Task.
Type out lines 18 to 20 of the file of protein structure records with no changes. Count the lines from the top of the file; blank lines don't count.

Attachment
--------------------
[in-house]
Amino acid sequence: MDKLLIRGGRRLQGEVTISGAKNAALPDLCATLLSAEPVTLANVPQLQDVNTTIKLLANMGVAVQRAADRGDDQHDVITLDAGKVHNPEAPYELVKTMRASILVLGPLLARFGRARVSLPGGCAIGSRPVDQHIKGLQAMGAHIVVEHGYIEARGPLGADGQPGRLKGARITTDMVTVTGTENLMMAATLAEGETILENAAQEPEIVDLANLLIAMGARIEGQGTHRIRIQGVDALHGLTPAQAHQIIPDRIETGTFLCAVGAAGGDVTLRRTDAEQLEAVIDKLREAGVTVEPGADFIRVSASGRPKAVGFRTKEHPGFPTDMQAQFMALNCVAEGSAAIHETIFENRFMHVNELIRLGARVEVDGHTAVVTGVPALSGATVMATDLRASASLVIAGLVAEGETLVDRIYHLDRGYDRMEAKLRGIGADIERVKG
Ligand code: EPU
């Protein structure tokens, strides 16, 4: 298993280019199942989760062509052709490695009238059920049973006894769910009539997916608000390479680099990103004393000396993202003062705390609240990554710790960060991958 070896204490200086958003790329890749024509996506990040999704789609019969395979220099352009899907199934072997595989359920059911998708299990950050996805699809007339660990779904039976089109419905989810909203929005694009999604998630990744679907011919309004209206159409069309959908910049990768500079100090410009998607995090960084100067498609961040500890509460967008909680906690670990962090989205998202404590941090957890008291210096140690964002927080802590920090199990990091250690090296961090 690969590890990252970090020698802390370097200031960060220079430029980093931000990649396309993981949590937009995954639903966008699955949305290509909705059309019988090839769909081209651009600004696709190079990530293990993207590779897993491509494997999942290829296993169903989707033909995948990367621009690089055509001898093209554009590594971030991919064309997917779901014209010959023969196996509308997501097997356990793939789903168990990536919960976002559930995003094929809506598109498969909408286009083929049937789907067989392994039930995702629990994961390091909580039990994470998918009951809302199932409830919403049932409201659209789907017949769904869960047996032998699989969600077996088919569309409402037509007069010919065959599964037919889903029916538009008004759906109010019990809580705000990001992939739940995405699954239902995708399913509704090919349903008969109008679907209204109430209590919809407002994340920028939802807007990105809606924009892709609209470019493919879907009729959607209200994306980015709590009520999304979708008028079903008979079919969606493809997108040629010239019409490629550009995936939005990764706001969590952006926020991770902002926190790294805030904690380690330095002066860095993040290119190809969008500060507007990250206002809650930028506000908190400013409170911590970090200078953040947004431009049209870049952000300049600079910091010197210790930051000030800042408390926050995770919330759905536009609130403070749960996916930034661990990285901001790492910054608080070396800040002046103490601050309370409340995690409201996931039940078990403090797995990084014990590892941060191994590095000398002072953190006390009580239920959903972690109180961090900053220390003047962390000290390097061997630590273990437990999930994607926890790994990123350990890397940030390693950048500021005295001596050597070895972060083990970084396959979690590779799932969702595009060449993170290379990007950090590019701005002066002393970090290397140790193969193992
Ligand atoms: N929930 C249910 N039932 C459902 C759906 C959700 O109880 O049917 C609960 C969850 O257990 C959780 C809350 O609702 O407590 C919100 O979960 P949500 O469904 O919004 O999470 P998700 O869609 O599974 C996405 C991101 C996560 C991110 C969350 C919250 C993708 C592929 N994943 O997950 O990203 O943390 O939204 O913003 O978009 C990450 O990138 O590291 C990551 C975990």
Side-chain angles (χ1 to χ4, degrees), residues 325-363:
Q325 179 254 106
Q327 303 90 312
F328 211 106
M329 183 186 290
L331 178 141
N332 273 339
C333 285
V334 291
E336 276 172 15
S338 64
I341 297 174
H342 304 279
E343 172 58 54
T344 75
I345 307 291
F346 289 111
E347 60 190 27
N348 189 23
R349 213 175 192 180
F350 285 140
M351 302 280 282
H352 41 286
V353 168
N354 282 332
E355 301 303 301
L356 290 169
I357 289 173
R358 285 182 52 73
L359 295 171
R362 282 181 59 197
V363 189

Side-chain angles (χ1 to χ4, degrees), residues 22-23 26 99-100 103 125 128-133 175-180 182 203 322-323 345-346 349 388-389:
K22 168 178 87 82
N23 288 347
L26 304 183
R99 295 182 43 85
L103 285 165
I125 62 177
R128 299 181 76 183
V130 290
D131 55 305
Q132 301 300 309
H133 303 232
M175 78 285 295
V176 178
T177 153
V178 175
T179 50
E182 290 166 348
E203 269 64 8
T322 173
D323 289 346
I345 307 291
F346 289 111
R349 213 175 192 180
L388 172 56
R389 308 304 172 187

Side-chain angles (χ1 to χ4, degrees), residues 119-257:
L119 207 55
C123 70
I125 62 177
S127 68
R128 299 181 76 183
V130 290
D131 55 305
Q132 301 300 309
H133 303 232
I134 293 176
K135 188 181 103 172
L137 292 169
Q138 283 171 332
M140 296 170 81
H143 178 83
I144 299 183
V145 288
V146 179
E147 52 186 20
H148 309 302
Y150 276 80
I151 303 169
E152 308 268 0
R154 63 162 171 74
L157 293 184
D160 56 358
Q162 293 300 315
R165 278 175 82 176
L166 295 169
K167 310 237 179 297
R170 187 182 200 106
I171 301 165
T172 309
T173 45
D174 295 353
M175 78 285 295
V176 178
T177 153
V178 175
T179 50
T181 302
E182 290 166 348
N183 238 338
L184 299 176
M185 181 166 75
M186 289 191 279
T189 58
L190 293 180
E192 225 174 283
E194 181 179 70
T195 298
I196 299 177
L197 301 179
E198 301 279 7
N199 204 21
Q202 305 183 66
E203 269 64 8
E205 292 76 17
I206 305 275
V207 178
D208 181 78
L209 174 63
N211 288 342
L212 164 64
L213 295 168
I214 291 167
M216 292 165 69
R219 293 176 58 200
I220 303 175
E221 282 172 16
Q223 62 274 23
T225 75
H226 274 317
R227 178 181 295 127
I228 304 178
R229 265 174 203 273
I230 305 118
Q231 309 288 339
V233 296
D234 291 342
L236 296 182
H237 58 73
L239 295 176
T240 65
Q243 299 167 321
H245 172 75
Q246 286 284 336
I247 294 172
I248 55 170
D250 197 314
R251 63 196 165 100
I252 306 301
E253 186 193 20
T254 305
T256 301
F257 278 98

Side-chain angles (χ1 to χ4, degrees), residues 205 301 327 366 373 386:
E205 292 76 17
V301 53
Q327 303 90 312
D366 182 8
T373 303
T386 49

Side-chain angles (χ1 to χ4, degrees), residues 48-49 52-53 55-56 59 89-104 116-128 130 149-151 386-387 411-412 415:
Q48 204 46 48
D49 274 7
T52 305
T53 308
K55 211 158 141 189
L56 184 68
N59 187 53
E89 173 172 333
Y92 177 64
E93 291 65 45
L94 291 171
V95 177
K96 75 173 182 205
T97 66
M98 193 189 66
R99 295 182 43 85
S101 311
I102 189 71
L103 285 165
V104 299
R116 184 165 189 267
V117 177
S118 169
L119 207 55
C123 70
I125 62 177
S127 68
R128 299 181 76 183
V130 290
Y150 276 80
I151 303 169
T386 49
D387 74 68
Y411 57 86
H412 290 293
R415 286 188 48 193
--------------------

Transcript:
H342 304 279
E343 172 58 54
T344 75